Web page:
By HEATHER GRIDLEY
Women living in urban areas may take for granted their relatively easy access to family planning services that provide information and ways to freely determine the number, timing, and spacing of their children. For women in rural areas, the picture can be very different.
Recent research in rural Victoria found these women face extra hurdles and feelings of “judgement” when seeking out these services. The project I worked on with Dr Julie Kruss investigated the barriers for women seeking emergency contraception, pregnancy termination or pregnancy-related options counselling in rural western Victoria. Options counselling refers to services that explore available alternatives regarding an unplanned pregnancy.
We conducted in-depth interviews with health professionals and others whose current employment was connected to the issue of family planning, including nurses, doctors and counsellors. These frank discussions focused on issues they had witnessed for women accessing family planning services.
The study highlighted an overall lack of women’s health services in rural communities, as well as some alarming patterns in reported barriers to accessing them.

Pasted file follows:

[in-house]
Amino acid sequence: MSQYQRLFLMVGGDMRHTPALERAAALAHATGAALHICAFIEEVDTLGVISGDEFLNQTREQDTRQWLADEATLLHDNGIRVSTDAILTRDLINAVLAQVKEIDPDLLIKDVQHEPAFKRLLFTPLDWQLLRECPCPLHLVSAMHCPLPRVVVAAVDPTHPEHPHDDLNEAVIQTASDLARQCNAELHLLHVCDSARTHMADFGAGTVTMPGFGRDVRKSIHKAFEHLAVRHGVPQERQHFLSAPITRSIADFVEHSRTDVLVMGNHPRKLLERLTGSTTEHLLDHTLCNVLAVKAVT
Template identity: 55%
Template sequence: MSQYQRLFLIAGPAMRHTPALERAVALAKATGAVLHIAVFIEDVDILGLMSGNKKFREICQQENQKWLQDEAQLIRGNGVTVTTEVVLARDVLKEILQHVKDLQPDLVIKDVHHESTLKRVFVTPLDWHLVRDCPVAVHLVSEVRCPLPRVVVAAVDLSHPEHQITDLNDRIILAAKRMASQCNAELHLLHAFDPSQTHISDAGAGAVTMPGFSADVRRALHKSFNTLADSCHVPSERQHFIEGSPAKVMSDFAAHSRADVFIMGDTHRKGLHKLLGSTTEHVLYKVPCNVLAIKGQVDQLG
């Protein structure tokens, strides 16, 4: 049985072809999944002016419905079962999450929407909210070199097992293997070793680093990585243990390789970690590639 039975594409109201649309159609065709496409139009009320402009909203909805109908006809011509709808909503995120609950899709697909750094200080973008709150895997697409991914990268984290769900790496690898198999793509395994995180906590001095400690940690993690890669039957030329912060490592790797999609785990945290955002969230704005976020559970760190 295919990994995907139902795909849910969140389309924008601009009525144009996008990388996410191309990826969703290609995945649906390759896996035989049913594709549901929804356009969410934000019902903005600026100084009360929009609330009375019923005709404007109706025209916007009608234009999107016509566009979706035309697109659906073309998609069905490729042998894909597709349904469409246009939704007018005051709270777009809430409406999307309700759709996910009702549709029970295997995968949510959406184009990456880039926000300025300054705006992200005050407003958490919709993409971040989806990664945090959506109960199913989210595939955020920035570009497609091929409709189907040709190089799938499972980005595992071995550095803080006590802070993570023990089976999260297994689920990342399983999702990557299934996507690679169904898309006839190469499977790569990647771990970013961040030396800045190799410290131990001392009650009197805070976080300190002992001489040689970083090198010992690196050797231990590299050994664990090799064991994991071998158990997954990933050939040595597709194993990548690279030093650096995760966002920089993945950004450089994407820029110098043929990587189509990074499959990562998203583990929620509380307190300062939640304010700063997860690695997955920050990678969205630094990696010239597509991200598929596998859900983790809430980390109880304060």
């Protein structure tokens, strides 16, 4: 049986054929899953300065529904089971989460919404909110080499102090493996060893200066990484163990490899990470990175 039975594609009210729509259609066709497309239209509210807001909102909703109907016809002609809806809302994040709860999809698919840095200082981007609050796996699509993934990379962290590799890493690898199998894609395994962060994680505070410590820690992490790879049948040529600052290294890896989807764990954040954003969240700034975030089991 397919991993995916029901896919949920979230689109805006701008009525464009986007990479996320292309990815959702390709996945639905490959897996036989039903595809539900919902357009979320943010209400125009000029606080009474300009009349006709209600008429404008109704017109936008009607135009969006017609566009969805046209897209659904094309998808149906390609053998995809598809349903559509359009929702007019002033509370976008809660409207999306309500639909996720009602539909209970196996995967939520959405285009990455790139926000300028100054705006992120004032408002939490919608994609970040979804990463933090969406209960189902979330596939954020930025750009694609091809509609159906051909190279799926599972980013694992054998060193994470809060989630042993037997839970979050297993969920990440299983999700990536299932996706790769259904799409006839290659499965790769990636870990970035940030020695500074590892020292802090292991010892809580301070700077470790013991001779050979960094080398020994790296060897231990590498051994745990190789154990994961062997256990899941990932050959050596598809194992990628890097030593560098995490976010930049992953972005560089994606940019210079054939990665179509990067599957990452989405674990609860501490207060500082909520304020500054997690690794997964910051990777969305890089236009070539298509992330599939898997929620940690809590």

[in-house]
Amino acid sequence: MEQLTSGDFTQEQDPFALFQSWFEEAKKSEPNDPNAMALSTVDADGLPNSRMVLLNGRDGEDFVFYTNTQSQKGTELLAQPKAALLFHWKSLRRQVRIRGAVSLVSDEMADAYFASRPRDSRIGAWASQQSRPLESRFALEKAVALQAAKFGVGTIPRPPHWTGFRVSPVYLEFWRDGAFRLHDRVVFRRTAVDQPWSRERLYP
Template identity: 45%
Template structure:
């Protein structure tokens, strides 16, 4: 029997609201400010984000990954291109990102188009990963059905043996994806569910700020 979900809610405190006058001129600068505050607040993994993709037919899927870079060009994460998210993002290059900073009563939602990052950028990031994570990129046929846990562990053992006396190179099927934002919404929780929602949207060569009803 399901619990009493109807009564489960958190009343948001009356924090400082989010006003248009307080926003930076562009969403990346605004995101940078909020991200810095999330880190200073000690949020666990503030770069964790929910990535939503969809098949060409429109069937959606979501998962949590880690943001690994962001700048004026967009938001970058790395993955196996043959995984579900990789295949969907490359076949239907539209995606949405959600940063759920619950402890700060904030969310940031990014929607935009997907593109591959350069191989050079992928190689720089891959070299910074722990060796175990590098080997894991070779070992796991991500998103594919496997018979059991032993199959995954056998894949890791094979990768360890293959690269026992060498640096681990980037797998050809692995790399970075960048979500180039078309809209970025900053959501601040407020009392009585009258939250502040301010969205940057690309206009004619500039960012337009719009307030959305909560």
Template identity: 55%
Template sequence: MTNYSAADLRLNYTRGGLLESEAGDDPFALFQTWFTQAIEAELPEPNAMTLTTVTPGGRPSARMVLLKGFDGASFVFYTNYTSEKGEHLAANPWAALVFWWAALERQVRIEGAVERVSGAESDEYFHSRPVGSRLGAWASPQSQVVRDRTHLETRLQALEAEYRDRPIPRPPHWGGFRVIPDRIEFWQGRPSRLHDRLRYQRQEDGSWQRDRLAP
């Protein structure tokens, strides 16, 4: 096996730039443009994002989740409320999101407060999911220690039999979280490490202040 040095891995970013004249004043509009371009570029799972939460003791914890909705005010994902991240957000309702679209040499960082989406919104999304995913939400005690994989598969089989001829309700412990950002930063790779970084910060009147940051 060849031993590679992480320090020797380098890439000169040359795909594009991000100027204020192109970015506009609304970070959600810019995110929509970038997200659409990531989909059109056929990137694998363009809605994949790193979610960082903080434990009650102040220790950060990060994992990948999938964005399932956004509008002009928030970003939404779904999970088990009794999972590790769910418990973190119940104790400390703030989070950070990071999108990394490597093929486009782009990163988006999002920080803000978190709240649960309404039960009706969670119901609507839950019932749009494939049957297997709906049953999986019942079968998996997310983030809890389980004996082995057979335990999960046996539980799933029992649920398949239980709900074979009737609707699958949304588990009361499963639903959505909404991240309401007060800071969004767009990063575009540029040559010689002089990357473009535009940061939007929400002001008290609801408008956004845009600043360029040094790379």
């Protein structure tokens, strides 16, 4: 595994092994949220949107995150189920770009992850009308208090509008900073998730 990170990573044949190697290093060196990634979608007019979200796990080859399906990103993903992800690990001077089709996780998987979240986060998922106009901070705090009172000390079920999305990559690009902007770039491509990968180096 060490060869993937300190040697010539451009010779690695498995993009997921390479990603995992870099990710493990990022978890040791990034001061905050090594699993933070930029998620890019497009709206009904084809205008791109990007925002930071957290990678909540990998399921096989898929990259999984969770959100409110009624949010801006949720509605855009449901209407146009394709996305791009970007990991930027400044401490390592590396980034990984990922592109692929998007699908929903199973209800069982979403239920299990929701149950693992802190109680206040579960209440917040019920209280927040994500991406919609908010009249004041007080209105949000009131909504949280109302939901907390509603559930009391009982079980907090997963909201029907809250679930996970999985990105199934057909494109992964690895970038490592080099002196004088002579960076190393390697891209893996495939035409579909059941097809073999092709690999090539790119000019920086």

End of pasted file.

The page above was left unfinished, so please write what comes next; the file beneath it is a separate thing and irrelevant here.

A significant issue was the feeling of being “judged” by health professionals, with some doctors refusing to make referrals based on their own moral judgement. Other doctors were suspected of deliberately delaying women’s access to abortion, for example by sending them for multiple ultrasounds, and withholding information about how to access appropriate services.
As time is of the essence in reaching decisions about an unwanted or unplanned pregnancy, delays can obviously compromise timely decision-making. The experience of being blocked produces distress and reduced self-efficacy, but can also turn women off accessing these and other health services altogether.
There were also examples of doctors who agreed to perform an abortion but then warned the patient that it wouldn’t be carried out if there was a “next time”. Threatening to withhold a health service on the basis of what is acceptable to the doctor’s moral judgement breaches medical ethics. The doctor starts to “play God” in more ways than one by assuming the power to provide or withhold a service (or information), and by imposing a moral judgement on a patient’s behaviour.
While these issues could arise anywhere, the problem is compounded in rural areas where there might only be one doctor in a town and limited opportunity for a second opinion.
There were also examples of misleading information being provided to women in rural areas. One pharmacy distributed scary pamphlets on emergency contraception that were not evidence-based.
Elsewhere, myths about abortion leaving women infertile were still being spread, despite declarations by medical bodies such as the Royal Australian and New Zealand College of Obstetricians and Gynaecologists (2005) that there’s no proof of such links if abortion is conducted by a medical professional in a medical facility.